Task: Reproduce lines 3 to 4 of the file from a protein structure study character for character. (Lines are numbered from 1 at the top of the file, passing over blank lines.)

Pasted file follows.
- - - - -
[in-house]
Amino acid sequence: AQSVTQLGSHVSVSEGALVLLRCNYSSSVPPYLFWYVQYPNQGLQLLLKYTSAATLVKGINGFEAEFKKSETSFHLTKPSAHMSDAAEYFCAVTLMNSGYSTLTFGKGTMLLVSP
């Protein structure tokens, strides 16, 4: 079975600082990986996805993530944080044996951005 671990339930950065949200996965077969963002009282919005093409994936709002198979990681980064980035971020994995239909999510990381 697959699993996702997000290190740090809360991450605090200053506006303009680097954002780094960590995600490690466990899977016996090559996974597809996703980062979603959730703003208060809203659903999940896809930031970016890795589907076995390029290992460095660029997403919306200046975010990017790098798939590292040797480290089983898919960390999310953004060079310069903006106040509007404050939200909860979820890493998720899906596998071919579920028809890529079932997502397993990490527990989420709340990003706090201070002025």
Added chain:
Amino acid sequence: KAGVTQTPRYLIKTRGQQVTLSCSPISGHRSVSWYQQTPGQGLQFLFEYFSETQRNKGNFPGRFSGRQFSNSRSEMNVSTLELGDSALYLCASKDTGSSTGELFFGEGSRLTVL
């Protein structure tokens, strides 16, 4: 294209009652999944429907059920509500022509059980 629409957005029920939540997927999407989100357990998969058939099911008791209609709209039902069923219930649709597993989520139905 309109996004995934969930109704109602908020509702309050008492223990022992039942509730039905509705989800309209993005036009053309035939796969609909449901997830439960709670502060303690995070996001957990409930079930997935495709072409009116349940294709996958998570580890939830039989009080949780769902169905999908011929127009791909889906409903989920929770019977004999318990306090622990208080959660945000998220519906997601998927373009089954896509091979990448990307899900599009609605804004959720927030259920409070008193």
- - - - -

């Protein structure tokens, strides 16, 4: 079975600082990986996805993530944080044996951005 671990339930950065949200996965077969963002009282919005093409994936709002198979990681980064980035971020994995239909999510990381 697959699993996702997000290190740090809360991450605090200053506006303009680097954002780094960590995600490690466990899977016996090559996974597809996703980062979603959730703003208060809203659903999940896809930031970016890795589907076995390029290992460095660029997403919306200046975010990017790098798939590292040797480290089983898919960390999310953004060079310069903006106040509007404050939200909860979820890493998720899906596998071919579920028809890529079932997502397993990490527990989420709340990003706090201070002025």
Added chain: